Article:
Home Medizin 13 neue Biomarker könnten dazu beitragen, das Risiko von Herzerkrankungen bei Menschen mit Typ-2-Diabetes besser vorherzusagen

13 neue Biomarker könnten dazu beitragen, das Risiko von Herzerkrankungen bei Menschen mit Typ-2-Diabetes besser vorherzusagen

von NFI Redaktion

An international academic consortium has identified 13 biomarkers that significantly improve the ability to accurately predict the risk of cardiovascular disease in people with type 2 diabetes. The analysis was led by experts from 23 individuals in 11 countries, with leadership from Johns Hopkins University in the United States, the Chinese University of Hong Kong in Hong Kong, and Lund University in Sweden.

Although the probability of cardiovascular disease in people with type 2 diabetes is twice as high as in people without diabetes, it is a challenge for doctors to predict who in this population is most at risk. Traditional risk assessments reflecting the level of risk based on certain risk factors are outdated and do not work well in different population groups.

„More than 500 million people worldwide live with diabetes. Given these high numbers, it is important to find readily available ways to accurately classify patients so those at higher risk of cardiovascular disease can receive the preventive care they need.“ - Maria F. Gomez, Ph.D., Co-lead author of the analysis, Research Group Leader at the University of Lund’s Diabetes Center and Professor of Physiology at the University of Lund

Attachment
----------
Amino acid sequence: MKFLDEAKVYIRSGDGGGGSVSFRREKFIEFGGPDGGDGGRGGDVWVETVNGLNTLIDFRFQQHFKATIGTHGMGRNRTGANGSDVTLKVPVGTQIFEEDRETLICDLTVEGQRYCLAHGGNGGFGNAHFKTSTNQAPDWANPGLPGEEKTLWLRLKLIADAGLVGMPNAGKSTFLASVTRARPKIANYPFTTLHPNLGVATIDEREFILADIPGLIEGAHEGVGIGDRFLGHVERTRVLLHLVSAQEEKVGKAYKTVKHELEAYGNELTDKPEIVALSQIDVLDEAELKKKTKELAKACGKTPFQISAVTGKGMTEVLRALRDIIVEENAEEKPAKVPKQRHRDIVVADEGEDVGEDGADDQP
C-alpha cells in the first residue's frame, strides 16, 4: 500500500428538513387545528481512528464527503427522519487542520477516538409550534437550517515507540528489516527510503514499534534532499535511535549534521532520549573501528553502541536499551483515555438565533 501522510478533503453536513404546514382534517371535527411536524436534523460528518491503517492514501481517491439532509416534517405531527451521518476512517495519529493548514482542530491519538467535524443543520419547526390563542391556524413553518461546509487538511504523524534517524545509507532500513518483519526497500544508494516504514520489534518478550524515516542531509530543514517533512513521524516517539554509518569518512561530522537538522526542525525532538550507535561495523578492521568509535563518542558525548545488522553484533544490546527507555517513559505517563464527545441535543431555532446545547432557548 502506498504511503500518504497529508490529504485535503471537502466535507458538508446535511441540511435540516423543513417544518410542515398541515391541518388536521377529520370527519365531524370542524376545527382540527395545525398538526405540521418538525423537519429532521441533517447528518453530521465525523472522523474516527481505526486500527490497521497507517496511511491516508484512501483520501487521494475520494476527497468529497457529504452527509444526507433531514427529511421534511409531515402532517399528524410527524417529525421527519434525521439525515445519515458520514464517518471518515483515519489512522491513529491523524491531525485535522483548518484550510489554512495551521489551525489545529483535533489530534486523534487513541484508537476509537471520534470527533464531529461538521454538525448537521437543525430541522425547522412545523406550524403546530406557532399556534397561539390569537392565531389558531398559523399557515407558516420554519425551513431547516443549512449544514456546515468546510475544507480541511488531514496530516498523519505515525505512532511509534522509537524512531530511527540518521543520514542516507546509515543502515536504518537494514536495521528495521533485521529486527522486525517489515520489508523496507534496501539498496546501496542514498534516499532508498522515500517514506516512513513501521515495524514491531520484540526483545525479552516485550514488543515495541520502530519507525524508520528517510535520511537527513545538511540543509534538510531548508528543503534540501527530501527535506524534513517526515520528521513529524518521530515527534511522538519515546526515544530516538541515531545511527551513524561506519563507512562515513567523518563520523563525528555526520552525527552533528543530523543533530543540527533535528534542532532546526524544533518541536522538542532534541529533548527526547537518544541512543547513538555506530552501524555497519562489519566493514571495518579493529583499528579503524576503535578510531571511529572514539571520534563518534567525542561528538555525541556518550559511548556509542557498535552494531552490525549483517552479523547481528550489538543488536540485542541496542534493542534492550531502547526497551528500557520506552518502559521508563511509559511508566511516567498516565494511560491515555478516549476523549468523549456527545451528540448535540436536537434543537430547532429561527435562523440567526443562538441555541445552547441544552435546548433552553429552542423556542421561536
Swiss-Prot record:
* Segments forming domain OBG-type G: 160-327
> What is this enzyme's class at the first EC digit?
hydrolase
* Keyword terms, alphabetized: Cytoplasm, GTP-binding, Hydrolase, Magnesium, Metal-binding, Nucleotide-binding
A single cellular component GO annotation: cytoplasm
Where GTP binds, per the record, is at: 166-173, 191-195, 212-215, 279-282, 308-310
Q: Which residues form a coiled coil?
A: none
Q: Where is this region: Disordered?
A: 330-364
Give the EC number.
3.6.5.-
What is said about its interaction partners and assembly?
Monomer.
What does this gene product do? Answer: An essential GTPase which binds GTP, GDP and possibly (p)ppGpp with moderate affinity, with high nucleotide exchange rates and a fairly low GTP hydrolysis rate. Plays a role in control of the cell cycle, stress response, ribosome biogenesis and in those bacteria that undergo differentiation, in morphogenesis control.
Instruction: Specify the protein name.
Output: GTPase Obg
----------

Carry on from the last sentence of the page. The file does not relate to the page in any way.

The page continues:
In this context, the research team reviewed and analyzed medical studies published from 1990 onwards that examined the differences between people with type 2 diabetes who had cardiovascular disease and those who did not have it.

„Our goal was to identify promising markers that could improve the prediction of cardiovascular risk in people with type 2 diabetes,“ says Nestoras Mathioudakis, MD, MHS, Co-Senior-Author of the analysis, Co-Medical Director of the Johns Hopkins Medicine Diabetes Prevention & Education Program, and Associate Professor of Medicine at the Johns Hopkins University School of Medicine. „We wanted to look beyond traditional prognostic factors such as high blood pressure and smoking.“

The team extracted data on 321 biomarkers from the review and analysis of published medical literature and found that 13 were significantly associated with cardiovascular risk in people with type 2 diabetes. The standout biomarker was the N-terminal pro-B-type natriuretic peptide (NT-proBNP), currently used to monitor heart failure status in patients. The team found in several studies that higher NT-proBNP levels in the body were correlated with a higher risk of cardiovascular disease. A study reviewed by the team with 16,000 patients found a 64% increase in hazard rate for each increase in standard deviation of NT-proBNP.

„The 13 biomarkers, especially NT-proBNP, require further testing to assess their potential,“ says Ronald Ma, MBBChir., FRCP, FHKCP, FHKAM, Co-Senior-Author of the analysis and SH Ho Professor of Diabetes at the Chinese University of Hong Kong. „If future studies confirm their value for predicting cardiovascular risk in patients with type 2 diabetes, we may be able to change care standards.“

The study was conducted as part of the Precision Medicine in Diabetes Initiative, an international partnership between the American Diabetes Association and the European Association for the Study of Diabetes.

The analysis was published on January 22 in Communications Medicine.


Journal reference:

Ahmad, A., et al. (2024). Precise prediction of cardiovascular disease in type 2 diabetes: a systematic review and meta-analysis. Communications Medicine. doi.org/10.1038/s43856-023-00429-z.

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